For instance, in datacenters it has been estimated that for every 10 watts of power generated, 3 watts are consumed and 7 watts are wasted! By replacing legacy power management solutions with GaN transistors, only 1/3 the number of datacenters would be needed. I can think of few technologies that would improve our lives and our world at such a scale.
Are there challenges for implementing GaN technology?
Our task is to make the best transistors available and to make them easy to use. Our first challenge is educating power system design engineers about the benefits of GaN technology – increased system efficiency and power density, reduced system size, weight, & BOM.
The second challenge is helping engineers understand how to replace legacy components such as MOSFETs and IGBTs with GaN devices. Because GaN transistors have dv/dt rates 10 to 100 times faster than MOSFETs, they cannot be substituted without making some design changes. In fact, the slew rate is so fast, it can be difficult to measure! In order to reduce electromagnetic interference, GaN transistors have different requirements for both gate drive circuitry and PCB layout. To address these challenges, GaN Systems and our distribution network are dedicated to helping customers solve their design challenges. Having said that, our customers expect that the design challenges are significant, but actually they’re quite easy.
What market impact have GaN transistors had to date?
The market impact is well underway. As more engineers appreciate the benefits of GaN transistors, we see them eagerly applying GaN solutions in diverse applications that include datacenters, consumer and industrial devices, transportation and wireless charging. Though there aren’t hundreds of millions of revenue dollars from GaN transistors yet, major semiconductor companies, including our customers, have already started major shifts. Let’s look at the evidence:
Since releasing our first products in 2014, our customer base has increased 5x to over 1300 customers. This includes the market leaders in datacenter power, automotive electronics, consumer TV’s, adapters, wireless charging, solar and energy storage devices.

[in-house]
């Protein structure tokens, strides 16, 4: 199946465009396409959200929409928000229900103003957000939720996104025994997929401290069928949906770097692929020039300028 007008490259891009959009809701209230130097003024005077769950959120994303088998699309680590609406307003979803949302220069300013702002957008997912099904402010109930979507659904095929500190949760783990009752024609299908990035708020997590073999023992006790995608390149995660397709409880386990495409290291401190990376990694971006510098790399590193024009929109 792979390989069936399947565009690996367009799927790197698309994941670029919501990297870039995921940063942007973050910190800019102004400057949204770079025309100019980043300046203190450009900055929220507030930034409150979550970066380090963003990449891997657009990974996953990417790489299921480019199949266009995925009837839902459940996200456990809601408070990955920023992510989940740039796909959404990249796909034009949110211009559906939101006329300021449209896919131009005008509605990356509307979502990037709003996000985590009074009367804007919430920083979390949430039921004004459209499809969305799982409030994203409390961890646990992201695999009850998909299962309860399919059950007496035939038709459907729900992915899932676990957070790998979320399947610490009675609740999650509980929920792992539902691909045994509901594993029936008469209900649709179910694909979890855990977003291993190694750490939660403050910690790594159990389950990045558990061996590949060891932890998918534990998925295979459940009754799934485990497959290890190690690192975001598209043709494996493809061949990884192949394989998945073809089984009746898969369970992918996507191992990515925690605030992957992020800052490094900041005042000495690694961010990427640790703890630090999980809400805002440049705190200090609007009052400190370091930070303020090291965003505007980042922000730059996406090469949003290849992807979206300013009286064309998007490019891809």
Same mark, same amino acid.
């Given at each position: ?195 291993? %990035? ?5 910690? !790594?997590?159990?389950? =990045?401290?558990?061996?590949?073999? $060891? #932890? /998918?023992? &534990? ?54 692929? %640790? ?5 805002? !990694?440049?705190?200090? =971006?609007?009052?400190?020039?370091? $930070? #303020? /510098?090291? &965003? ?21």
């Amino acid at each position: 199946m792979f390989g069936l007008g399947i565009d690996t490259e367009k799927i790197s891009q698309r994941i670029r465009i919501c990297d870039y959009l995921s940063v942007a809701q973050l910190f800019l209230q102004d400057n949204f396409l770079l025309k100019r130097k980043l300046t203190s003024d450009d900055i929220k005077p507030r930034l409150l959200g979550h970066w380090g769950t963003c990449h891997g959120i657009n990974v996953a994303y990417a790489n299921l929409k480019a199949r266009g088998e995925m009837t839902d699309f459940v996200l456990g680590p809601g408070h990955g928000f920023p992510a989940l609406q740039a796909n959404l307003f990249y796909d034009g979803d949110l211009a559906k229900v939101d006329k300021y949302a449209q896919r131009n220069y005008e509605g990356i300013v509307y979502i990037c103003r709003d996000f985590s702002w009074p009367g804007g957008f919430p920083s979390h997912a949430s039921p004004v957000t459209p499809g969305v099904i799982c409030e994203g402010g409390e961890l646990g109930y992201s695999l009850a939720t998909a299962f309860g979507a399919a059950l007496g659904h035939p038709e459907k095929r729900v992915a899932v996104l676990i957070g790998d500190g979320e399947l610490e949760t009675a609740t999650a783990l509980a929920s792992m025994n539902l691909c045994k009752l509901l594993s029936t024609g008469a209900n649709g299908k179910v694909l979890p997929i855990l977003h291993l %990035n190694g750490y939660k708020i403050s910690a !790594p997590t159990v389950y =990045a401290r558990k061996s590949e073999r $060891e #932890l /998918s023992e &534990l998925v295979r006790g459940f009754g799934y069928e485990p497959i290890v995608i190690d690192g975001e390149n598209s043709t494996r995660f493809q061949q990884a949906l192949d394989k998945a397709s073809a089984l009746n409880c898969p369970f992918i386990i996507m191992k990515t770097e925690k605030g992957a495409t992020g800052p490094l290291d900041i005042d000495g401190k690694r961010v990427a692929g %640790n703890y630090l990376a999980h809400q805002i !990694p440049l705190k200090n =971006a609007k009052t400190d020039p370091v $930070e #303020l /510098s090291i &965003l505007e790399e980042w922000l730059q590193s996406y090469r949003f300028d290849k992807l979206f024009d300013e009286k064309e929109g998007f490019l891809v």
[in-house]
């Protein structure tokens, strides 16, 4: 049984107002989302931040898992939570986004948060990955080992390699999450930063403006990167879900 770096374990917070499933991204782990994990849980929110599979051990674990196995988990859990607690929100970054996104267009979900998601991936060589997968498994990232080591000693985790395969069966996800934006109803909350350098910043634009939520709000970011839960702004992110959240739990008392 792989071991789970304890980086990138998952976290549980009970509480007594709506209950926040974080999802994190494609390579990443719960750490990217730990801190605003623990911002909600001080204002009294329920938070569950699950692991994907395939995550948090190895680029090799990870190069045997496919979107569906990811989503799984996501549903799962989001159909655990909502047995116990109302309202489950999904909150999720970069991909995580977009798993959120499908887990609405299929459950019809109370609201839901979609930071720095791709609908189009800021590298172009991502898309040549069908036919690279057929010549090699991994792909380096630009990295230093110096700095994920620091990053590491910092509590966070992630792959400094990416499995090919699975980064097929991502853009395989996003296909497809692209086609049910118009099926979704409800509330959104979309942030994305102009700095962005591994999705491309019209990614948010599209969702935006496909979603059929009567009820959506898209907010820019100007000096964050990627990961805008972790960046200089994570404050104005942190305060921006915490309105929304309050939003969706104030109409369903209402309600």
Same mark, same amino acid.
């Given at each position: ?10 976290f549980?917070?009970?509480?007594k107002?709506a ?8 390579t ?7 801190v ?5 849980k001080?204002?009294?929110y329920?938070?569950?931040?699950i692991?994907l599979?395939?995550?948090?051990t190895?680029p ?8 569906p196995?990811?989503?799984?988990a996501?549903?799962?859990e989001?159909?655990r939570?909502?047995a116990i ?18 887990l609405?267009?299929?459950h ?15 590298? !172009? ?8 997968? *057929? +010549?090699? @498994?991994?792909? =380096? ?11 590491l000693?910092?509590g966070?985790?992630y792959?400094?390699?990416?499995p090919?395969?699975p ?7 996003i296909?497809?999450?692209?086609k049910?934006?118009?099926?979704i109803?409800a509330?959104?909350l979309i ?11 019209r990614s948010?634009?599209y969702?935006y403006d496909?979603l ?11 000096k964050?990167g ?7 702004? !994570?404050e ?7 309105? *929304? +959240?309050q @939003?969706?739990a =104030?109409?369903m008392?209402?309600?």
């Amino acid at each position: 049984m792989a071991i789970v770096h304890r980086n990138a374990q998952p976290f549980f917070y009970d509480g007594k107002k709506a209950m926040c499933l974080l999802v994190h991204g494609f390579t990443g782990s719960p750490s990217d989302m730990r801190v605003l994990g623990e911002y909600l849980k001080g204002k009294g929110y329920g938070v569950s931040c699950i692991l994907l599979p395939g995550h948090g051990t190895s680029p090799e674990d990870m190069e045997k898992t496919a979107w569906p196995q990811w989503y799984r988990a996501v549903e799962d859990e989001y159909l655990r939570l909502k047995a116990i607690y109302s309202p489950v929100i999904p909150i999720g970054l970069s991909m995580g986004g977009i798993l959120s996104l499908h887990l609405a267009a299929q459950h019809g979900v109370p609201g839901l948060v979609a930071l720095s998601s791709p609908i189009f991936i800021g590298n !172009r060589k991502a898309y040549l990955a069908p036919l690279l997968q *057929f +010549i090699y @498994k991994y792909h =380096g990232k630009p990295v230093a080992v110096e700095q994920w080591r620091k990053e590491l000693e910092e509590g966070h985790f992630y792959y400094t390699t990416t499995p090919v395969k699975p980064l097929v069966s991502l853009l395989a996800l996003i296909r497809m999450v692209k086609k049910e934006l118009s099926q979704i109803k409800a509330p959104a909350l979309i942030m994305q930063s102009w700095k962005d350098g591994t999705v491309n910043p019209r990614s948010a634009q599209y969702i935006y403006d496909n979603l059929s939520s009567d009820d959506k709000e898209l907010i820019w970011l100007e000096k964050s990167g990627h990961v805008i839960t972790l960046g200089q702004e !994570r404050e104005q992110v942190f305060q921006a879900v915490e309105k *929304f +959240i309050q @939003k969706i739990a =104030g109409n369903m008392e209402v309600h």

Our customers have reduced their systems 5x in size and 4x in weight, while simultaneously reducing BOM cost.
Silicon suppliers are scrambling to build, buy or partner with GaN suppliers.
The entire EV industry has converged on GaN solutions for charger and DC/DC applications for both 48V -where SiC has no home – and for higher voltage EV systems.
Given this growing momentum, could you speculate about the market impact of GaN transistors over the near-term and GaN Systems’ role?
Near-term is now-term. For the next few years you’ll first see 10’s, and then 100’s of applications released to the market. Though GaN Systems won’t be the only supplier, we will have the majority share because customers value the three things we provide: (1) 650V products, which are required for more than ½ the overall market, (2) packaging that optimizes both electrical and thermal performance, and (3) high enough current capability to work from 10W to 100kW.
I expect revenue to grow from the 10’s of millions to the 100’s of millions, eating into the existing silicon market in areas such as solar, datacenter, and motors, but also expanding the total market for power electronics in other areas, like EV’s, wireless charging, and energy storage. While the consumer and datacenter solutions will lead the revenue, our industrial customers will continue inventing, filing IP, developing, qualifying and getting their products market-ready.
From 2018 to 2021 the overall discrete semiconductor market should expand from $17B to perhaps $22B due to the proliferation of EV’s and energy storage. During that time, any company without a rich portfolio of GaN transistors will have lost significant market share. We’ll see new companies arise, new partnerships forged, new packaging technology become mainstream, and GaN will capture more than 15% of the overall market. Silicon carbide will play a role, but its growth will be limited by its overall cost and its performance relative to GaN. Companies without GaN will acquire it through mergers and acquisitions, or they’ll be acquired due to their diminished valuation as a result of reduced growth and fallen margins. Should be exciting times!